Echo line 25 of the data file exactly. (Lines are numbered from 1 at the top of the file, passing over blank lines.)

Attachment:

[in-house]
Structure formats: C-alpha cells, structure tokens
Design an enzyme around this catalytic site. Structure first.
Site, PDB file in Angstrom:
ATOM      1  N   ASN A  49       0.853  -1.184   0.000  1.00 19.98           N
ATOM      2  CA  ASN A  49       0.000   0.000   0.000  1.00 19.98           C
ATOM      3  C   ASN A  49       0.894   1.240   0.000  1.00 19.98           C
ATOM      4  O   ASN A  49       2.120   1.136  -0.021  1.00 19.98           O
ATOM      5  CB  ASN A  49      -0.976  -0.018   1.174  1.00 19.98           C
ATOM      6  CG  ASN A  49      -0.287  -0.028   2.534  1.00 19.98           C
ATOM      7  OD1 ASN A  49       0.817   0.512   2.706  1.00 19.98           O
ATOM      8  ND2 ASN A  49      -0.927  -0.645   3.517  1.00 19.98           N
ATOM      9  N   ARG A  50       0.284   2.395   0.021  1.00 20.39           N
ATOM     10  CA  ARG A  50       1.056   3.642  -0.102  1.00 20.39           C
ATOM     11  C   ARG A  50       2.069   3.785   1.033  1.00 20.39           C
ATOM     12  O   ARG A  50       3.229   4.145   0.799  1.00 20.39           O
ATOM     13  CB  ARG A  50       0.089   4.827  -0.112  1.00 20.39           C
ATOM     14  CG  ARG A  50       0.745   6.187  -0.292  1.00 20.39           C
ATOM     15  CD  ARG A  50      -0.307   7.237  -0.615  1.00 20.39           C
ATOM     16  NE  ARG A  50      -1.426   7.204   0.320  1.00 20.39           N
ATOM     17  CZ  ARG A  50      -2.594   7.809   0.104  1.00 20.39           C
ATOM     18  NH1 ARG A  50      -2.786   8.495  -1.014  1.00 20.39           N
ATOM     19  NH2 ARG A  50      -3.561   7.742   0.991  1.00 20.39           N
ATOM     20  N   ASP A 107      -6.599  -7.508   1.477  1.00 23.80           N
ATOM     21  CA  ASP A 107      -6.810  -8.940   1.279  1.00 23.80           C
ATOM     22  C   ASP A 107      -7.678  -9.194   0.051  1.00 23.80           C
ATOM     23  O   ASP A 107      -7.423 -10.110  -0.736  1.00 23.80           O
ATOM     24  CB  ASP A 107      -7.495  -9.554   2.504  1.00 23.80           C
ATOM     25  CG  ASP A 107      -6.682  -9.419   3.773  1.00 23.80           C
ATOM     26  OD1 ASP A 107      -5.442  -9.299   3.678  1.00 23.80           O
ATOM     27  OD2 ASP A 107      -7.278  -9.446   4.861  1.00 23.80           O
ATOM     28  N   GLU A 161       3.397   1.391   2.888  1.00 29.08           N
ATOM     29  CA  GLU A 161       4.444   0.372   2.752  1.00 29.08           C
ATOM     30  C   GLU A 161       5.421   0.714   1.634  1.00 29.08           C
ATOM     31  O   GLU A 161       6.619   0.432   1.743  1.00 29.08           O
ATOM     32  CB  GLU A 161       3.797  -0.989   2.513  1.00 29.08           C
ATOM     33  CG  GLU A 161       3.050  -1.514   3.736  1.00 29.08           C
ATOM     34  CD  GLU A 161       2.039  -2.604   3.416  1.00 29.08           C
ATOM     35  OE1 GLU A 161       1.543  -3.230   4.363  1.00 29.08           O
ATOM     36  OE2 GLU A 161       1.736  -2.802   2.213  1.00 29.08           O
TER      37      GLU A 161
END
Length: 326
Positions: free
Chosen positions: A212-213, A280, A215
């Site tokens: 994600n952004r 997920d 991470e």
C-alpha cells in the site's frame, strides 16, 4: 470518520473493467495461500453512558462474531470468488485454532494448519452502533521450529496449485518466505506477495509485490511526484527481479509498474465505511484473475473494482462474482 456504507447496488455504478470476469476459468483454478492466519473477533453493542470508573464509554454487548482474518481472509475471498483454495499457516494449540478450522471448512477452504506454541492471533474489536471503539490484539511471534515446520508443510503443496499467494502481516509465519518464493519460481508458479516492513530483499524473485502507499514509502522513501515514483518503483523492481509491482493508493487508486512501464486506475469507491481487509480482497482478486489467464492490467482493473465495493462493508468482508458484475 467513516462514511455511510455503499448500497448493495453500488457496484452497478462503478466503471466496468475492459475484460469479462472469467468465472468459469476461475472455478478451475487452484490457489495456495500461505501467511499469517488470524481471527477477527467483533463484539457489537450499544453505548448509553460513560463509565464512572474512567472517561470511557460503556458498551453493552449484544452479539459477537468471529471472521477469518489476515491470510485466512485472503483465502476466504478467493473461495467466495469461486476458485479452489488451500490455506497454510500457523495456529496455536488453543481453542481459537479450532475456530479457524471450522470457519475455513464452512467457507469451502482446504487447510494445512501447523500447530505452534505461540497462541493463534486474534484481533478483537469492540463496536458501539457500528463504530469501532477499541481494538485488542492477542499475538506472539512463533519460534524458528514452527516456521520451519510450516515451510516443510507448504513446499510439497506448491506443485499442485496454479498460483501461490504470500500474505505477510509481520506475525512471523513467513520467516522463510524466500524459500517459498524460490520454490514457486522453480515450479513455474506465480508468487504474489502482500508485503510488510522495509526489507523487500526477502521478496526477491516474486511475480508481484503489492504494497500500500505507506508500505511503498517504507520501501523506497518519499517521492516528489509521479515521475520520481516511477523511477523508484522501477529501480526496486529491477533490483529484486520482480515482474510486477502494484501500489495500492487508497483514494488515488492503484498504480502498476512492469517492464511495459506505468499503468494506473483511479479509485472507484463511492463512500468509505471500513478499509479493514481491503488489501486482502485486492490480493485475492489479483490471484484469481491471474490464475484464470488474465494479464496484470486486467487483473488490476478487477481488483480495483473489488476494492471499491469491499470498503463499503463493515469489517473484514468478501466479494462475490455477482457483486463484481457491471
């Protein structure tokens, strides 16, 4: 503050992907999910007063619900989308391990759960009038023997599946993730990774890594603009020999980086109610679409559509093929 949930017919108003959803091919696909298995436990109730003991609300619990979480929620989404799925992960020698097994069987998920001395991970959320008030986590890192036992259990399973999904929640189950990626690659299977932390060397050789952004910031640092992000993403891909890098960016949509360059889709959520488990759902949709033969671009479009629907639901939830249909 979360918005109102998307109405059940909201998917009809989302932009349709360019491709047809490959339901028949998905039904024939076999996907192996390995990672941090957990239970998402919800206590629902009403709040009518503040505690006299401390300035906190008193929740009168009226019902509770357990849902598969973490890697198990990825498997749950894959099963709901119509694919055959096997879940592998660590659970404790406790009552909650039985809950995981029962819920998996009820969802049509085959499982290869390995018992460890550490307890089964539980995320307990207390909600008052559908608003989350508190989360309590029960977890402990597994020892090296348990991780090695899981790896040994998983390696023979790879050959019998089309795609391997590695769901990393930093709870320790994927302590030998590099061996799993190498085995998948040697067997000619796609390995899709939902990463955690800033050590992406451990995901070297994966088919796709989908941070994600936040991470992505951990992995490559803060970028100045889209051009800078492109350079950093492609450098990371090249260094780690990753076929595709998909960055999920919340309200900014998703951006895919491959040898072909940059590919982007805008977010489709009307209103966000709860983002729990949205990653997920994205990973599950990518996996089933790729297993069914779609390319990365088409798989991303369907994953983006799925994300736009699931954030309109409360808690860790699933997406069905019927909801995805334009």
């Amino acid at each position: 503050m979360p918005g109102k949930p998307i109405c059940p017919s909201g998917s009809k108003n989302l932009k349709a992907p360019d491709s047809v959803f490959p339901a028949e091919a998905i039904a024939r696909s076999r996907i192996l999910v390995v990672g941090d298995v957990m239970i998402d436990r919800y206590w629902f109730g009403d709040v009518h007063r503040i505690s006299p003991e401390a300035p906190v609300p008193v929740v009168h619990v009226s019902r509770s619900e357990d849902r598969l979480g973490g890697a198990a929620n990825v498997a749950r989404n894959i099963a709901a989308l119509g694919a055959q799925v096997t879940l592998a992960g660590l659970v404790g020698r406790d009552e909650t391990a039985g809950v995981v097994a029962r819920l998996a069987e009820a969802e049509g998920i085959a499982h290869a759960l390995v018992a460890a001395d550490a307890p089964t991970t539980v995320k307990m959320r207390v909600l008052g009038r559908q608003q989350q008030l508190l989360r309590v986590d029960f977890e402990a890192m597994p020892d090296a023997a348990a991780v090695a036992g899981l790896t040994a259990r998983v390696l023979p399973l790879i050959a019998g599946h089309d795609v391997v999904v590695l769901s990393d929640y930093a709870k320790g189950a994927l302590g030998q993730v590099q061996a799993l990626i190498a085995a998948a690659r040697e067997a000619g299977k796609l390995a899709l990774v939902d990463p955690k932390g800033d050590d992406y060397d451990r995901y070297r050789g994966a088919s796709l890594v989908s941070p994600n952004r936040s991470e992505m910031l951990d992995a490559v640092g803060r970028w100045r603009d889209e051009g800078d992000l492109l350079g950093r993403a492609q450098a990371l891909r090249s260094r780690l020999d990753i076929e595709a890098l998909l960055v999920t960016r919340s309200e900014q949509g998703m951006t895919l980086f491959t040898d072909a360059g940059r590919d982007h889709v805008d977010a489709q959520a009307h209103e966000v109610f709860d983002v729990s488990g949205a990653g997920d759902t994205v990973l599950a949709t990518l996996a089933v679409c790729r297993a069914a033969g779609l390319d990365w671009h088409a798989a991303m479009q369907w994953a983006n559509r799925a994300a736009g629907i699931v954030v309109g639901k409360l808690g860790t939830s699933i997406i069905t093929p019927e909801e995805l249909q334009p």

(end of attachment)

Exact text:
ATOM     21  CA  ASP A 107      -6.810  -8.940   1.279  1.00 23.80           C